The Languages of Holland

The national language of Holland is Dutch, or as referred to by the people of the Netherlands as “Netherlandic,” “Hollands” or “Nederlands.” The name of the language is derived from the words “neder” meaning “low” in English and “land” which refers to the geographical areas of the Dutch homelands.   Aside from the Netherlands, it is the official language of countries such as Belgium, Aruba, Curacao, Suriname and spoken in parts of Brazil, France,Australia, Canada, Germany and the United Kingdom to name a few.  This West Germanic language originated from Proto-Germanic which is the mother of all Germanic languages and has evolved from a number of Frankish dialects spoken during the 11th-13th centuries (also known as the High Middle Times), and the early modern period of 14th to 17th centuries. It is also the basis of the Afrikaans, a language spoken in South Africa. 

Today, Dutch is spoken by about 96% of the Netherlands, of which Holland is a region situated in the western areas. However, there is a difference between the Dutch spoken around the Netherlands and other countries and the Dutch spoken in Holland. Standard Dutch is the standard language taught in schools and used for formal communication, while the Dutch dialects are the dialects that have evolved and have been used and spoken in areas around the Netherlands and even Northern Belgium. Despite Holland having the largest influence on the development of the Dutch language that is used and spoken largely today, it is the region where the original language is least used. In the major cities of Rotterdam, Amsterdam, Utrecht and the Hague the Dutch used is quite different from the dialects used in the other parts of the country, especially in the provinces. There are several variations of the Dutch language used within Holland, depending on the geographic area. Here are some of the local Dutch dialects spoken in Holland.

Hollandic. This is the original dialect of the county of Holland and is still spoken in the areas of northern Amsterdam as well as in the south-eastern fringes bordering on the provinces of North Brabant and Utrecht. The influences of the language came from a combination of the Old Frisian (a language used in the 8th to 16th centuries) and the language of Low Franconian brought in by Flemish settlers. In modern times, however, the original forms of Hollandic is rarely used especially in urban areas of Rotterdam, the Hague, Amsterdam or Utrecht.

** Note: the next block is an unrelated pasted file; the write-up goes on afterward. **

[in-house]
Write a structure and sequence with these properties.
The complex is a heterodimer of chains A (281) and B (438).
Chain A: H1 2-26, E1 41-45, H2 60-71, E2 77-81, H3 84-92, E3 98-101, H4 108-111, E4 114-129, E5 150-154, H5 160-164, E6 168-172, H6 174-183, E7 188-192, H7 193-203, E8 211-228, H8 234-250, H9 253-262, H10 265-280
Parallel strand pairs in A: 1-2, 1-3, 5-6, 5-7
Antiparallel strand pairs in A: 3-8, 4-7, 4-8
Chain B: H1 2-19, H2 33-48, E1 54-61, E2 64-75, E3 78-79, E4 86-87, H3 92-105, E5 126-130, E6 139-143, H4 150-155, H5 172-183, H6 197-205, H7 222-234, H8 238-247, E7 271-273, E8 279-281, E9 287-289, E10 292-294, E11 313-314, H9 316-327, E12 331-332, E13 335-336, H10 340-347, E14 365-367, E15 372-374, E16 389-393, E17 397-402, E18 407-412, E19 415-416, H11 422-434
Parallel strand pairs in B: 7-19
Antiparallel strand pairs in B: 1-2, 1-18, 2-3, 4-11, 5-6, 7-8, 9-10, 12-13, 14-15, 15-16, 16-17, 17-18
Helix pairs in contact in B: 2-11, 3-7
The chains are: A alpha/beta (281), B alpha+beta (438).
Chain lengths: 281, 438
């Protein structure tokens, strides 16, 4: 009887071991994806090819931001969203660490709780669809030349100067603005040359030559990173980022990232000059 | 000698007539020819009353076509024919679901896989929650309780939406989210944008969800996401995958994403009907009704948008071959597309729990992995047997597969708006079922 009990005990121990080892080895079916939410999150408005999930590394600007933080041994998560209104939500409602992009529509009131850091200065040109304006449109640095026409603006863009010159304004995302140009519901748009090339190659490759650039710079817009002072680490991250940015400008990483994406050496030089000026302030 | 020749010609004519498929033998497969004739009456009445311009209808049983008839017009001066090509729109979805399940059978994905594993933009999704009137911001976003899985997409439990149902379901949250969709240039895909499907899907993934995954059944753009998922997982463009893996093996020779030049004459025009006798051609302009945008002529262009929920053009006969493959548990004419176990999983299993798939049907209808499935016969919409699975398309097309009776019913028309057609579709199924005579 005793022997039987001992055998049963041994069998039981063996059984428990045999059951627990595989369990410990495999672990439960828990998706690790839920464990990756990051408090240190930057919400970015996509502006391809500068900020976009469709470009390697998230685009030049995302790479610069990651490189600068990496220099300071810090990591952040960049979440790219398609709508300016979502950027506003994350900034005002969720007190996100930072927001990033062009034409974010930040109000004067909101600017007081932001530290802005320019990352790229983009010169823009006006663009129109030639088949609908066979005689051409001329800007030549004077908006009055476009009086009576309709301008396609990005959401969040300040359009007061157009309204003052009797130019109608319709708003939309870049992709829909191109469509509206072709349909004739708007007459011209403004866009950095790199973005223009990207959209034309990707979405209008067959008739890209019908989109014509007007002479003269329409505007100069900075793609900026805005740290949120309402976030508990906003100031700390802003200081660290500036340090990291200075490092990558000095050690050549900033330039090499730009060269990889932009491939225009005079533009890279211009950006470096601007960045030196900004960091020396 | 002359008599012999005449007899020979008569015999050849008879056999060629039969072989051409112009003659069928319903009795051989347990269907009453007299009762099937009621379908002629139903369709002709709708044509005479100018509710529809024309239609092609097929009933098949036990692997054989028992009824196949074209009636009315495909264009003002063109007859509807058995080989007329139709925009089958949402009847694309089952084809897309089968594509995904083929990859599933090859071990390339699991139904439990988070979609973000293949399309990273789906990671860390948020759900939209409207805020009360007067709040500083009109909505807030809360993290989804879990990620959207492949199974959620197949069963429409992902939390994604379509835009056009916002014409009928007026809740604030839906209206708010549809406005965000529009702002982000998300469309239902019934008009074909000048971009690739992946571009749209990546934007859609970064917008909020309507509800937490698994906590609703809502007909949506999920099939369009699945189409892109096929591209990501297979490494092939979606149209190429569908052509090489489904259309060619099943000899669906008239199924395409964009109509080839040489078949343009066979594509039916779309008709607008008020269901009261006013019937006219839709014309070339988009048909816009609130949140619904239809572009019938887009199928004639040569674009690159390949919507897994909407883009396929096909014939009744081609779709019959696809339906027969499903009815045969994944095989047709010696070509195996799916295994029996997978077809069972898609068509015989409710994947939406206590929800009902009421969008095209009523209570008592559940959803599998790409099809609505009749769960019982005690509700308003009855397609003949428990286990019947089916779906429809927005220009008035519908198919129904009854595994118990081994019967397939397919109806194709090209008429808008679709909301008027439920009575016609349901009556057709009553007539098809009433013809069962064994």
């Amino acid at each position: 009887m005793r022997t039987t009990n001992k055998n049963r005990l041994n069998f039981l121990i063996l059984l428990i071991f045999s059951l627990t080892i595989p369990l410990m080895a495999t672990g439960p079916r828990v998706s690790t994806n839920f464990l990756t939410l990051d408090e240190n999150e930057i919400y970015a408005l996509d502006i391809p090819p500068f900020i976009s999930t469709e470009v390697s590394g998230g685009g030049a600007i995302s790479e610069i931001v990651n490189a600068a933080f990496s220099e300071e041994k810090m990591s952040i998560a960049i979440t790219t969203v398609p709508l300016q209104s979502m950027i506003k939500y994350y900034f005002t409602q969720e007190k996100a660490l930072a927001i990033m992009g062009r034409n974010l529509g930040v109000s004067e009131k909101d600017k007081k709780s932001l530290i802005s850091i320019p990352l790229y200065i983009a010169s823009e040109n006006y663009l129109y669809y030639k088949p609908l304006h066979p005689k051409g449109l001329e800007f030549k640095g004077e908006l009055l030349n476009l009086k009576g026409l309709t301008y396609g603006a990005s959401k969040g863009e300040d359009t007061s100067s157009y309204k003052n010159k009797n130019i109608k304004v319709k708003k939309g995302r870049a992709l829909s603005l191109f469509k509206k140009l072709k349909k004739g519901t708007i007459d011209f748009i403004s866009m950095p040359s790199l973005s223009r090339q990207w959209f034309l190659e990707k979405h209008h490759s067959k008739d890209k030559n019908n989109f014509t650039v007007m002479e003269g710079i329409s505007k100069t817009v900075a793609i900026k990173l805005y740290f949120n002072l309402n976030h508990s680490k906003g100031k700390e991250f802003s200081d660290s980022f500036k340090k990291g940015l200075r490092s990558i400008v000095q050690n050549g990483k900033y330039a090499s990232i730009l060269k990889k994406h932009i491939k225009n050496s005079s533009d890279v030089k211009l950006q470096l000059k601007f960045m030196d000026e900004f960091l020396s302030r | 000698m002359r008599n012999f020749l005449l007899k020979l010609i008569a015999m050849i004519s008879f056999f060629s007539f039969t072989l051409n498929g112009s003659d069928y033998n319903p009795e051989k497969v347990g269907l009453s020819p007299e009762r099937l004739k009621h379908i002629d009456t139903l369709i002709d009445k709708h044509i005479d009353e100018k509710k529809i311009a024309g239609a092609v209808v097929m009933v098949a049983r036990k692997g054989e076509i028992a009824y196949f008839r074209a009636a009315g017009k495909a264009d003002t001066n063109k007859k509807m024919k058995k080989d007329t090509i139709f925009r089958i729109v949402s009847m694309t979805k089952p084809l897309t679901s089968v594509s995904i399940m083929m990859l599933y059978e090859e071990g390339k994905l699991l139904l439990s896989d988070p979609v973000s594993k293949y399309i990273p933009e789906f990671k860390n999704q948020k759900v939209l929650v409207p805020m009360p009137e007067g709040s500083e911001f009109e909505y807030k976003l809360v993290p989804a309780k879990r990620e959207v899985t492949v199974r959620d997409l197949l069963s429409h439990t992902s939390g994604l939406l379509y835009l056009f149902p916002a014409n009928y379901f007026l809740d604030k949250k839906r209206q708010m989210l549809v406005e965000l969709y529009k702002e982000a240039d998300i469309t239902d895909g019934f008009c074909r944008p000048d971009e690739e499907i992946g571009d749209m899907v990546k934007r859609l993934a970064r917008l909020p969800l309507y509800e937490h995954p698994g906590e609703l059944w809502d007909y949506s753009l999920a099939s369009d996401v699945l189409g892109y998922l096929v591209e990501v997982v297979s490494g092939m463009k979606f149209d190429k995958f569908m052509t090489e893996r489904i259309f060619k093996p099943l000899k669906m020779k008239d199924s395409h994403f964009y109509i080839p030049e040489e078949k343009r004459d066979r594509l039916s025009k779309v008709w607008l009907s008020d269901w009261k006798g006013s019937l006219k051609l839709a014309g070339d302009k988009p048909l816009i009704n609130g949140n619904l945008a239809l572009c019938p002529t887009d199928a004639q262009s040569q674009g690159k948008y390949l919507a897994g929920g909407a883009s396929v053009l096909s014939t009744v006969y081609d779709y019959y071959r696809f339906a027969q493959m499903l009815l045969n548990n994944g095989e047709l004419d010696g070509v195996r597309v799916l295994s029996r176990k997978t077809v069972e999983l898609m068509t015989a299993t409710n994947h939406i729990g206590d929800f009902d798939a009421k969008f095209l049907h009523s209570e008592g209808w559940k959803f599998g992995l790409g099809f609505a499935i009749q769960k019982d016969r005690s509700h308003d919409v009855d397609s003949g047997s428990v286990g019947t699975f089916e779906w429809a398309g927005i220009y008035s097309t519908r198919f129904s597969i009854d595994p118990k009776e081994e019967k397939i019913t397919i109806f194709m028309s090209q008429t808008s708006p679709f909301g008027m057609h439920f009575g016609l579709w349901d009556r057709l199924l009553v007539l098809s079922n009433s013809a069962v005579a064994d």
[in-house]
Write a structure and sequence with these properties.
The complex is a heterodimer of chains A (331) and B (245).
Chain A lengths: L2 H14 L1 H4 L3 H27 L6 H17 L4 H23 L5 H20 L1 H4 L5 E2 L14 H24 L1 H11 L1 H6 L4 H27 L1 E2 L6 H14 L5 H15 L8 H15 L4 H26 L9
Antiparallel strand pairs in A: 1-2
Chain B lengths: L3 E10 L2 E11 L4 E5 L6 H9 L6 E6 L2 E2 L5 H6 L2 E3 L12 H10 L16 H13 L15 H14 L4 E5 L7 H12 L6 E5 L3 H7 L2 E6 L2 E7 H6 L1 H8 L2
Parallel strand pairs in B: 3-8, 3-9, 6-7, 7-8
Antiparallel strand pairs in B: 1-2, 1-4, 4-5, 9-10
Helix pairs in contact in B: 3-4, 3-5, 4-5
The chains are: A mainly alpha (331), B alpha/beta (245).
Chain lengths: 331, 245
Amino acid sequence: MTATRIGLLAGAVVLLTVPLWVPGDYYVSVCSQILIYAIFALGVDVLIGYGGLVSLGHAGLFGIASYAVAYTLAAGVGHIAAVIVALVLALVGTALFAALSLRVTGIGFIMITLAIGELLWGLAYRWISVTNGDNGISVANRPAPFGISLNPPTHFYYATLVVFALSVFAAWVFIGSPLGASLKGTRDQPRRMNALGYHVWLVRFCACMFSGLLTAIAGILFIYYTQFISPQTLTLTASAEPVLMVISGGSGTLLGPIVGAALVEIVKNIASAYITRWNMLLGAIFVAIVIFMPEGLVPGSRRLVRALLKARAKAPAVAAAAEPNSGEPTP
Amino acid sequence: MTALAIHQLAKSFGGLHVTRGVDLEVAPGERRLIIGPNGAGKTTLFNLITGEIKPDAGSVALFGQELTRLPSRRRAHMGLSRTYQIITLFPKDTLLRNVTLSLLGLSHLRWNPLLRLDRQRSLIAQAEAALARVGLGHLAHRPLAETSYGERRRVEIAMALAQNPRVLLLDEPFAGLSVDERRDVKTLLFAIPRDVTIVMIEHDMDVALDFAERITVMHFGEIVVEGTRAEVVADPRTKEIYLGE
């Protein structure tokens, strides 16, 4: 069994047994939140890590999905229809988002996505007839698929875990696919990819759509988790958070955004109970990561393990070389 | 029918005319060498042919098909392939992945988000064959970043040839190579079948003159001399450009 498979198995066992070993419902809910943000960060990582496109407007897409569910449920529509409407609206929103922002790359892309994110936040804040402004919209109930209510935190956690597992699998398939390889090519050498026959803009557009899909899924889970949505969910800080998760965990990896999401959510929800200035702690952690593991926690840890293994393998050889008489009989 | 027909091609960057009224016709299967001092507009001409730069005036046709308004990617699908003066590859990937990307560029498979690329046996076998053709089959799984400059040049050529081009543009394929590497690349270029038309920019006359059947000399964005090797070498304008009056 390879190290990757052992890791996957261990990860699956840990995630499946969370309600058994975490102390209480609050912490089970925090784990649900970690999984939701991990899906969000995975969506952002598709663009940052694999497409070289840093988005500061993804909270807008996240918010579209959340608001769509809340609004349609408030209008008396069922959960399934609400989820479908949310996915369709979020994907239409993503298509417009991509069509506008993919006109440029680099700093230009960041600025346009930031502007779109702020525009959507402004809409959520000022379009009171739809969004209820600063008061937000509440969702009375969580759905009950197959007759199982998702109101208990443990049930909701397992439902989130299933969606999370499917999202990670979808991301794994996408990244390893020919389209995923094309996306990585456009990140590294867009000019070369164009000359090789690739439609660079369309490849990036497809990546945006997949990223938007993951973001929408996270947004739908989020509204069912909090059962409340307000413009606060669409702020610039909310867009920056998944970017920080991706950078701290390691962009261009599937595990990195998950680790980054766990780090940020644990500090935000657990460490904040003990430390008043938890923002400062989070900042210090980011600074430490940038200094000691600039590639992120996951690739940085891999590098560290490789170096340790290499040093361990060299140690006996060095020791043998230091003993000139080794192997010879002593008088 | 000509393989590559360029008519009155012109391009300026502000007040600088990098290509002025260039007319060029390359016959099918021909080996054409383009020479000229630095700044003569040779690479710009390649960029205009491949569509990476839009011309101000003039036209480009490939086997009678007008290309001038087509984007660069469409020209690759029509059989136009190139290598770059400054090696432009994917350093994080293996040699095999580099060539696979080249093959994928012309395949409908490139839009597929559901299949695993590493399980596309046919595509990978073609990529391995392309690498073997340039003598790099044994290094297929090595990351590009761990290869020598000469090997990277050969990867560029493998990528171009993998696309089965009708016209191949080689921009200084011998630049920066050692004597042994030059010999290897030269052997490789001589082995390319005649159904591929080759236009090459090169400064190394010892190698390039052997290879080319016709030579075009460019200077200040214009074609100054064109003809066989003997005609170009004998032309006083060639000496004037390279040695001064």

Frisian. This is the second official language in The Netherlands and in the province of Frysland (formerly known as Friesland), this dialect is the second language spoken by about 70% of the local population. Frisian (also known as “Frysk” or “Westfries” in West Frisian, “Fraisk” in South Frisian, and “Friisk” in North Frisian) is said to be the language that can be considered most closely related to English and Scots.

Zaans. One of the oldest Dutch dialects in the country, Zaans is spoken in most parts of the Zaan district, which is located in the province of North Holland. It is one of the few that does not bear a lot of Frisian influence and may not be as comprehensible to people who do not come from the North Holland region.

Waterlands. The area of small and traditional fishing villages in North Holland consisiting of Volendam, Edam, Broek and Ransdorp speak this Dutch dialect that bears plenty of  similarities to Zaans, so much so that people from the Zaans district are said to be able to converse with people from Waterlands very well because they are able to understand each other’s dialects.

Other dialects that are still spoken in parts of Holland include:

West Flemish: especially used in parts of South Holland such as the province island of Goeree-Overflakke.

Zeelandic: spoken in the province of Zeeland located southwest of Holland as well as in Goeree-Overflakke.

Utrechts-Alblasserwaards: another subdialect of Hollandic, it is spoken in areas found in the east of the coastal districts of Holland. 

As well, there are the other substratum dialects of both Hollandic and West Frisian languages: Huizers, Westlands, Westhoeks, Kennemerlands, Amsterdams, Stadsfries, Bildts, Amelands, South Hollandic and Midslands used in various areas of the country – a testament to the diversity and the evolution of the language.

With the influx of immigrants into Holland, other foreign languages which can be found, but not frequently used (especially by the locals) include Turkish, Arabic, Indonesian, Spanish, Papiamento, Sranan, English and French. In schools, languages such as French, English and German are being taught.